2
$\begingroup$

I want to send some QSL cards for contacts I've made while portable/horseback mobile and thus could not have written the details down immediately. I remember the callsigns and reports, and everything was on 2m FM, so I've got most of the data, but one bit I don't have is the exact time. I could probably narrow it down to the hour, but not further. Is such a precision acceptable? Generally, how accurate should the time be on a card?

And while we're at it, if a QSO is prolonged (e.g. a ragchew), which moment should I log as the time of the QSO? Beginning, end, or otherwise?

$\endgroup$
2
$\begingroup$

"As accurate as feasible", I'd say. There are no hard and fast rules.

The nice thing about a paper QSL card is you can write anything you want in the box. Can't remember the time? Write "about 19:00". QSO went on for a while? How about "03:15 to 04:09"?

If you're recording contacts for a contest or award, the rules may have more stringent requirements. Otherwise, you're just sending a postcard to another ham for fun, and there's no need to be precise on the details.

| improve this answer | |
$\endgroup$
1
$\begingroup$

As long as you receive the confirming card, you have what you need as a souvenir or to submit for an award. In my experience, online records need to agree withing 15 minutes to qualify for confirmation, but nothing stops you from correcting an existing record or submitting an additional record once you learn the time logged by the other station. I would also guess that many stations don't log the times of their 2m FM QSOs, so they are likely to respond to your card with the same logged time.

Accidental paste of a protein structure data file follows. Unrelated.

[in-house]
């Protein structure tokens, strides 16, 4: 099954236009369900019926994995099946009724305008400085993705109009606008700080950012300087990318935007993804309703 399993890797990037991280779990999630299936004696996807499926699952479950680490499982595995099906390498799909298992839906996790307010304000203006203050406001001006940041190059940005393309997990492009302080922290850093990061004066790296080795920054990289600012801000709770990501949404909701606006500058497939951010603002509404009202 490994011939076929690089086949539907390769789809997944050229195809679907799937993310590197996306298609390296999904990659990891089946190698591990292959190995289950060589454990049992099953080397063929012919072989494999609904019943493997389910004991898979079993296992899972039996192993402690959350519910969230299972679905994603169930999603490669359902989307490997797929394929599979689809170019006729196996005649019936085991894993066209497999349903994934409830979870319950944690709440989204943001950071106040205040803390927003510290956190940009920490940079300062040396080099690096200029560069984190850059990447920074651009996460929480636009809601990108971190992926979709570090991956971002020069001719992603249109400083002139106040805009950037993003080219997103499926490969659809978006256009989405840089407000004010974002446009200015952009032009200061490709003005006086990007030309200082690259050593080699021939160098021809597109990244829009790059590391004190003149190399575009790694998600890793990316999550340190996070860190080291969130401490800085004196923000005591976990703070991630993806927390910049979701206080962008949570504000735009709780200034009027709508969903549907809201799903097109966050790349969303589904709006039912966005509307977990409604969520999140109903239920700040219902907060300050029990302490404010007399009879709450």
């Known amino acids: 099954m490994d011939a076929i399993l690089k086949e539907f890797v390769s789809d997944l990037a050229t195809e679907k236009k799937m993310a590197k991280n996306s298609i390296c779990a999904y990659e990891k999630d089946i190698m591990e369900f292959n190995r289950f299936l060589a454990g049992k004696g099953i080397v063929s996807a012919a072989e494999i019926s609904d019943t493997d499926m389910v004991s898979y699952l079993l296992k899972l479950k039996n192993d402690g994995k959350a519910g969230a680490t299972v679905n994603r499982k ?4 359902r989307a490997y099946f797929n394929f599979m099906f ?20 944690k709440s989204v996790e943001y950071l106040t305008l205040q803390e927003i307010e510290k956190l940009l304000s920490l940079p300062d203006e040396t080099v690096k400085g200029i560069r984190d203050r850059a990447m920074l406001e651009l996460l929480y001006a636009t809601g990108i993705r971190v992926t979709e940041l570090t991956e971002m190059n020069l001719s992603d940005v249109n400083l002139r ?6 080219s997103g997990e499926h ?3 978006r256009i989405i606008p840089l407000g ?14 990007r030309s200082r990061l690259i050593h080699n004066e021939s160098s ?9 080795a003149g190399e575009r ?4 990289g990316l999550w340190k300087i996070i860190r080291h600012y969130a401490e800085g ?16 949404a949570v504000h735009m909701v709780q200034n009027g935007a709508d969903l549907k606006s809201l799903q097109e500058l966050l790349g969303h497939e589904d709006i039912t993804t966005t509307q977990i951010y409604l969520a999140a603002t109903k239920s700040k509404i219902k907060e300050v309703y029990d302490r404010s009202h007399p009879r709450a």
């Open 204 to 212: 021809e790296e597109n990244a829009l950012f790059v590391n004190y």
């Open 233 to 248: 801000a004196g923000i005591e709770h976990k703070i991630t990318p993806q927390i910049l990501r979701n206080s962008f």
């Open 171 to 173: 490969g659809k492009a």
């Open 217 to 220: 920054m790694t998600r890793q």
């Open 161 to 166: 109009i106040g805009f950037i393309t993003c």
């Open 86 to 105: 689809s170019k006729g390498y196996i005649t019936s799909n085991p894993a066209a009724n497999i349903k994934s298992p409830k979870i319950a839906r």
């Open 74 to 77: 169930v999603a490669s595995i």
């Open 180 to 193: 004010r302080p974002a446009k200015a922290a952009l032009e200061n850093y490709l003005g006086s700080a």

| improve this answer | |
$\endgroup$
1
$\begingroup$

On HF, or for contest QSOs, most hams keep exact logs with times accurate to the minute, so if you were sending QSL cards for HF or contest contacts, then the polite thing to do would be to be accurate to the minute. Using one's memory for such a log doesn't usually suffice. Where immediate paper or electronic logging can't be used many hams use an audio recorder to keep a log, which is then later transcribed into a paper or electronic log.

For 2m FM contacts that were just for fun and won't be used for a contest, then as Phil says there is no need for precision in the QSL.

The time logged on a QSL is the time that the contact began.

| improve this answer | |
$\endgroup$

Your Answer

By clicking “Post Your Answer”, you agree to our terms of service, privacy policy and cookie policy

Not the answer you're looking for? Browse other questions tagged or ask your own question.